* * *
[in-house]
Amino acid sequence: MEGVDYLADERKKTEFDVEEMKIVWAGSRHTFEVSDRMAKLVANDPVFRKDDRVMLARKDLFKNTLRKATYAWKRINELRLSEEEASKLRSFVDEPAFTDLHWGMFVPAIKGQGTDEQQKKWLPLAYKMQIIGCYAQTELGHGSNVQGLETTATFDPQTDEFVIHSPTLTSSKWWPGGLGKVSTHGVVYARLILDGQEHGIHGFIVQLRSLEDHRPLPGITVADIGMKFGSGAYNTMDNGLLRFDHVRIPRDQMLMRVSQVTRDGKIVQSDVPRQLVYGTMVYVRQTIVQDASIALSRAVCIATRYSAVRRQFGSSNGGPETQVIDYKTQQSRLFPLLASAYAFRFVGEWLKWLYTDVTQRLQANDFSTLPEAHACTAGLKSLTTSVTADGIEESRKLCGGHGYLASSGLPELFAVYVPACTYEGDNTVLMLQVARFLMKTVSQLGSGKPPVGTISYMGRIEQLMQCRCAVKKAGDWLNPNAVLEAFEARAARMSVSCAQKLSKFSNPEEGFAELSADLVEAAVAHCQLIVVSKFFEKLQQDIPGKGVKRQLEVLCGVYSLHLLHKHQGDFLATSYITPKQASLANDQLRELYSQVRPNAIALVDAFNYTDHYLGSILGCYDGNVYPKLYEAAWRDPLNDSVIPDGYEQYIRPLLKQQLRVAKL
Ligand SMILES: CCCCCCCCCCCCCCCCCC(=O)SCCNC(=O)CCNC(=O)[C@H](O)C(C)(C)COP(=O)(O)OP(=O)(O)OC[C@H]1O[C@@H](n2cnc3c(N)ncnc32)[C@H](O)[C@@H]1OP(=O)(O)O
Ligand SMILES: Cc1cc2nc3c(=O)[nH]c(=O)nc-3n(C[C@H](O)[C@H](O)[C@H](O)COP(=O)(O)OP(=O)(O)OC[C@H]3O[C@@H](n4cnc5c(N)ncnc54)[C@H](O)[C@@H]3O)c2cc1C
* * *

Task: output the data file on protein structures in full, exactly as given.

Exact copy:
[in-house]
Amino acid sequence: MEGVDYLADERKKTEFDVEEMKIVWAGSRHTFEVSDRMAKLVANDPVFRKDDRVMLARKDLFKNTLRKATYAWKRINELRLSEEEASKLRSFVDEPAFTDLHWGMFVPAIKGQGTDEQQKKWLPLAYKMQIIGCYAQTELGHGSNVQGLETTATFDPQTDEFVIHSPTLTSSKWWPGGLGKVSTHGVVYARLILDGQEHGIHGFIVQLRSLEDHRPLPGITVADIGMKFGSGAYNTMDNGLLRFDHVRIPRDQMLMRVSQVTRDGKIVQSDVPRQLVYGTMVYVRQTIVQDASIALSRAVCIATRYSAVRRQFGSSNGGPETQVIDYKTQQSRLFPLLASAYAFRFVGEWLKWLYTDVTQRLQANDFSTLPEAHACTAGLKSLTTSVTADGIEESRKLCGGHGYLASSGLPELFAVYVPACTYEGDNTVLMLQVARFLMKTVSQLGSGKPPVGTISYMGRIEQLMQCRCAVKKAGDWLNPNAVLEAFEARAARMSVSCAQKLSKFSNPEEGFAELSADLVEAAVAHCQLIVVSKFFEKLQQDIPGKGVKRQLEVLCGVYSLHLLHKHQGDFLATSYITPKQASLANDQLRELYSQVRPNAIALVDAFNYTDHYLGSILGCYDGNVYPKLYEAAWRDPLNDSVIPDGYEQYIRPLLKQQLRVAKL
Ligand SMILES: CCCCCCCCCCCCCCCCCC(=O)SCCNC(=O)CCNC(=O)[C@H](O)C(C)(C)COP(=O)(O)OP(=O)(O)OC[C@H]1O[C@@H](n2cnc3c(N)ncnc32)[C@H](O)[C@@H]1OP(=O)(O)O
Ligand SMILES: Cc1cc2nc3c(=O)[nH]c(=O)nc-3n(C[C@H](O)[C@H](O)[C@H](O)COP(=O)(O)OP(=O)(O)OC[C@H]3O[C@@H](n4cnc5c(N)ncnc54)[C@H](O)[C@@H]3O)c2cc1C